- Permanent Court of Arbitration
The PCA is an intergovernmental organization with over one hundred member states. Established in 1899 to facilitate arbitration and other forms of dispute resolution between states, the PCA has developed into a modern, multi-faceted arbitral institution that is now perfectly situated at the juncture between public and private international law to meet the rapidly evolving dispute resolution needs of the international community. Today the PCA provides services for the resolution of disputes involving various combinations of states, state entities, intergovernmental organizations, and private parties.
Organizations Related to Alternative Dispute Resolution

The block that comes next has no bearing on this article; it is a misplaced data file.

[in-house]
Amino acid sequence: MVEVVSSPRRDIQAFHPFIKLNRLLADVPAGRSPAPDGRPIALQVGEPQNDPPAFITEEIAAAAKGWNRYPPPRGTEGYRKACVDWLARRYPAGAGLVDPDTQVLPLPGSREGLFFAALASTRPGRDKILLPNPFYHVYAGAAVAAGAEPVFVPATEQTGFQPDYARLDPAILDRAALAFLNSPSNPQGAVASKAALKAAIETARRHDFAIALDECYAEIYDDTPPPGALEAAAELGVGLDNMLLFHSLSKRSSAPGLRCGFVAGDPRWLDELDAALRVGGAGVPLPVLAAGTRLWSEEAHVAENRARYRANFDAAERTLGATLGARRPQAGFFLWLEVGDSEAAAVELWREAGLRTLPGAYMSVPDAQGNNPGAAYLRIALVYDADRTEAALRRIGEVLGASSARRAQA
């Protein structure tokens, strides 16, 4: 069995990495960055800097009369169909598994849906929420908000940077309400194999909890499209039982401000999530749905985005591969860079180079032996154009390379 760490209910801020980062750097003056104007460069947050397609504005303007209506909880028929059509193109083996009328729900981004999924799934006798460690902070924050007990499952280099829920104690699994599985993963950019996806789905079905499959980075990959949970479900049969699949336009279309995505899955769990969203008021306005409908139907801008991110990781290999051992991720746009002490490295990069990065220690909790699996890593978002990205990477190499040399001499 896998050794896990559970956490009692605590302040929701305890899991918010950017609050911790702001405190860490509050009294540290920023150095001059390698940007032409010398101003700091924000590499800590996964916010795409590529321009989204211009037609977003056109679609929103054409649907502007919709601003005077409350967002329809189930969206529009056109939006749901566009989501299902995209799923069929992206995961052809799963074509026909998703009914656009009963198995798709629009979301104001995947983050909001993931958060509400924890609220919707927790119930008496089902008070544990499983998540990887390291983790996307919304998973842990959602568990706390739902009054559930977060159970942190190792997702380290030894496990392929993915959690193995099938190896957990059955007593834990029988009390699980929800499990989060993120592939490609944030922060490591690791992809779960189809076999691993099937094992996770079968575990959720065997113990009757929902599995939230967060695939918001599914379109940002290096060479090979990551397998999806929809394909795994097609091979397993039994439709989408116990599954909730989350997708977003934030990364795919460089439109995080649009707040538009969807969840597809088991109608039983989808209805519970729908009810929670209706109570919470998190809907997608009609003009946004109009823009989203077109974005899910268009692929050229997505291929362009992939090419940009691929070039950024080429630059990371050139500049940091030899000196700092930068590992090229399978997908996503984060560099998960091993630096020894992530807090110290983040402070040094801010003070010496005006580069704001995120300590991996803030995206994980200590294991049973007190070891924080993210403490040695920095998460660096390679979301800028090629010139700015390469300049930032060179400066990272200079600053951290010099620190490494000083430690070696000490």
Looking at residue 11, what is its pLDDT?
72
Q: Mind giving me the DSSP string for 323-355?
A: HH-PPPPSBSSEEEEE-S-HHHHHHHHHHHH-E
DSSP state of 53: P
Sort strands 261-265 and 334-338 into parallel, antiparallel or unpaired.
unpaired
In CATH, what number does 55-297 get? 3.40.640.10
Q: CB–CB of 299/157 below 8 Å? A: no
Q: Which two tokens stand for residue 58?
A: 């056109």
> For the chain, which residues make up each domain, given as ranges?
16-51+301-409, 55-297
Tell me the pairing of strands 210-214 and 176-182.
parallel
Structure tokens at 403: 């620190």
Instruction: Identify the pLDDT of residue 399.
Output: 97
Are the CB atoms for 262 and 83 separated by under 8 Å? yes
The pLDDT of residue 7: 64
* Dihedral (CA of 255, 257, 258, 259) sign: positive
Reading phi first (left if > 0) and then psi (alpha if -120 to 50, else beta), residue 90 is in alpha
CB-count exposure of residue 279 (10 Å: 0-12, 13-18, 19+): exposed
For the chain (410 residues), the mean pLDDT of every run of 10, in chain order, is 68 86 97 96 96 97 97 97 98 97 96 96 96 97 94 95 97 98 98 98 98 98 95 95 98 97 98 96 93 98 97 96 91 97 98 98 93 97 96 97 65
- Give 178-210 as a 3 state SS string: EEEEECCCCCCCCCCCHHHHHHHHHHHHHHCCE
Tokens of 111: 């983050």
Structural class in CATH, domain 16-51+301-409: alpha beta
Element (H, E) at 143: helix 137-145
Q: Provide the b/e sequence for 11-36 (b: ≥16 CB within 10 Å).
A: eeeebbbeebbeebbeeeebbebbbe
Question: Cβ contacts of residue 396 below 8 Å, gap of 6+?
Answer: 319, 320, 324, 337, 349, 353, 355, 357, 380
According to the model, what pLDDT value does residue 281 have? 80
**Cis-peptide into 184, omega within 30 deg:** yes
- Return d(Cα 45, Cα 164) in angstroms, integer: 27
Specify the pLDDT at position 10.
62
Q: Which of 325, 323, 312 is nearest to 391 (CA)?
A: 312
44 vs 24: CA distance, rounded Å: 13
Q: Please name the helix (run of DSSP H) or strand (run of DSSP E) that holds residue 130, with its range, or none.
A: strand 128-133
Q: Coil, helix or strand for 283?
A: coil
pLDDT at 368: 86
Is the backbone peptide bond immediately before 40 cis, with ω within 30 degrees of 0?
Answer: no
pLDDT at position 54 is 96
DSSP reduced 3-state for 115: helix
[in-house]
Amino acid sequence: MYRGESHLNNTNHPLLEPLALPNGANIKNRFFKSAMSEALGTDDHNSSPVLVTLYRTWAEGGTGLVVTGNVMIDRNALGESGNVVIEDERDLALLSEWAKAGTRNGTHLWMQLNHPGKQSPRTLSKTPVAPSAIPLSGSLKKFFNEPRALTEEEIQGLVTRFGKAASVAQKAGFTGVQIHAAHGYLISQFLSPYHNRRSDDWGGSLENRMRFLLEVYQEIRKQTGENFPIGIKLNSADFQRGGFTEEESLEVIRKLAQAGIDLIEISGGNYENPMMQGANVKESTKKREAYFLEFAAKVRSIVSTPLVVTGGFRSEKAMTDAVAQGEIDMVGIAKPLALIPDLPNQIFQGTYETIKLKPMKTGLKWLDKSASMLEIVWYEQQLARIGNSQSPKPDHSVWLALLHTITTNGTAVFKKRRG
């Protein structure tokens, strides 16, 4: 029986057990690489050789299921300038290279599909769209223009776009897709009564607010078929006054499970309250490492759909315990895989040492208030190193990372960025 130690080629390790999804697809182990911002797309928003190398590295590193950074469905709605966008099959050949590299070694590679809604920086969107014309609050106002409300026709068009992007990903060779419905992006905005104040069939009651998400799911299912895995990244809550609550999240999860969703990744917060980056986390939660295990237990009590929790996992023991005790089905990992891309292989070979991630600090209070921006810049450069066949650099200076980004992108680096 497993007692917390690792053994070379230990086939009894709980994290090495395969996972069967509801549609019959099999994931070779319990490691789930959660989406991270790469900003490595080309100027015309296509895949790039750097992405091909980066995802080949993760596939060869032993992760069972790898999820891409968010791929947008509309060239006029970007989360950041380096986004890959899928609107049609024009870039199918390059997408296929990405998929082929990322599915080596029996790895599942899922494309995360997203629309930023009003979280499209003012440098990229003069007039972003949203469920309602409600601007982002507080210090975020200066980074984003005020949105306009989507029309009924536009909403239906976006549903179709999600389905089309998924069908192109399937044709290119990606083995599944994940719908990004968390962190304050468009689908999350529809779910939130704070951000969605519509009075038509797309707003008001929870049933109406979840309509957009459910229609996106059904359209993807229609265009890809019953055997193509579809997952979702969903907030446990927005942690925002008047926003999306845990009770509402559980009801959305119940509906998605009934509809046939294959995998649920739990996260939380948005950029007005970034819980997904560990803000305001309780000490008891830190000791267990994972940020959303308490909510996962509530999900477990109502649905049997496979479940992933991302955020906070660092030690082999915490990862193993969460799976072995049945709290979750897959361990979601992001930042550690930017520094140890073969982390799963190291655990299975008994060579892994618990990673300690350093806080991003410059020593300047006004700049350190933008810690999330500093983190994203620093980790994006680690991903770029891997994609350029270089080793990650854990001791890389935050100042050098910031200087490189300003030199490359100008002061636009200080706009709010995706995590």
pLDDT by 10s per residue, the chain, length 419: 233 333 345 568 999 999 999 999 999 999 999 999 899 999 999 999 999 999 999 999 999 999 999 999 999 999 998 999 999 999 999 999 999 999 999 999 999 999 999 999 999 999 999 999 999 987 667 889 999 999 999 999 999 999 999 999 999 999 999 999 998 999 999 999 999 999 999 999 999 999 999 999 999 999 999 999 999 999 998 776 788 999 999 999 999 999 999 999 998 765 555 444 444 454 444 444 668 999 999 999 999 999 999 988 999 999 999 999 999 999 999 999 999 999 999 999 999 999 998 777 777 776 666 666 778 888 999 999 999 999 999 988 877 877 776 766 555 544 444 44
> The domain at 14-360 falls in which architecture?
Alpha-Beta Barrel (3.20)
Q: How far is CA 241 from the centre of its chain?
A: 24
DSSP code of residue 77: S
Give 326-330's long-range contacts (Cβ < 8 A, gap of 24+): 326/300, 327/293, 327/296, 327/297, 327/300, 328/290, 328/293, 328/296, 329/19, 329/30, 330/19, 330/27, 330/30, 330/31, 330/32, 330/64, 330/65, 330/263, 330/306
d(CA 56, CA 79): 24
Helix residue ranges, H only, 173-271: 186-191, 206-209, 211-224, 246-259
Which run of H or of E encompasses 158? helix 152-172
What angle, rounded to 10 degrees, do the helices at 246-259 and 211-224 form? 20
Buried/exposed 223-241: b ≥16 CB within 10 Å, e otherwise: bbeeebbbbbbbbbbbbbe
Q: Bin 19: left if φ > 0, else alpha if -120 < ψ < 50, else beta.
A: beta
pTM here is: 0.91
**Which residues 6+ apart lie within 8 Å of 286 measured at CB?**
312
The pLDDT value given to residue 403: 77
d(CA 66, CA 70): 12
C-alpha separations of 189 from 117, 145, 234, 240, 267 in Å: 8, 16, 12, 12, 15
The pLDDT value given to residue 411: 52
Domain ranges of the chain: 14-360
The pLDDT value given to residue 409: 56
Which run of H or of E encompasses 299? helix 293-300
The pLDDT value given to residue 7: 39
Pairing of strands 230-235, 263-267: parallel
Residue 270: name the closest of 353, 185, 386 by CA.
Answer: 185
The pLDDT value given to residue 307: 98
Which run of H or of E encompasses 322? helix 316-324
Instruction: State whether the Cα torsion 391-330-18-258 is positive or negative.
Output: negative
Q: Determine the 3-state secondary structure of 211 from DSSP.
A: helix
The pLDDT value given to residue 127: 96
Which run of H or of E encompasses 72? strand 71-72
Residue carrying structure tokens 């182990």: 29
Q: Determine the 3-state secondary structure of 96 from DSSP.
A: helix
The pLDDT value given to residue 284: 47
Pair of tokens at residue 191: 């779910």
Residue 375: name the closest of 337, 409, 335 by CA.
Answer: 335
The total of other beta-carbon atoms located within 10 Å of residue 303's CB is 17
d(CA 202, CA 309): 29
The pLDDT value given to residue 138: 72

- American Arbitration Association ® (AAA)
The American Arbitration Association ® (AAA), with its long history and experience in the field of alternative dispute resolution, provides services to individuals and organizations who wish to resolve conflicts out of court. The AAA role in the dispute resolution process is to administer cases, from filing to closing. The AAA provides administrative services in the U.S., as well as abroad through its International Centre for Dispute Resolution ® (ICDR). The AAA's and ICDR's administrative services include assisting in the appointment of mediators and arbitrators, setting hearings, and providing users with information on dispute resolution options, including settlement through mediation. Ultimately, the AAA aims to move cases through arbitration or mediation in a fair and impartial manner until completion.
- Association for Conflict Resolution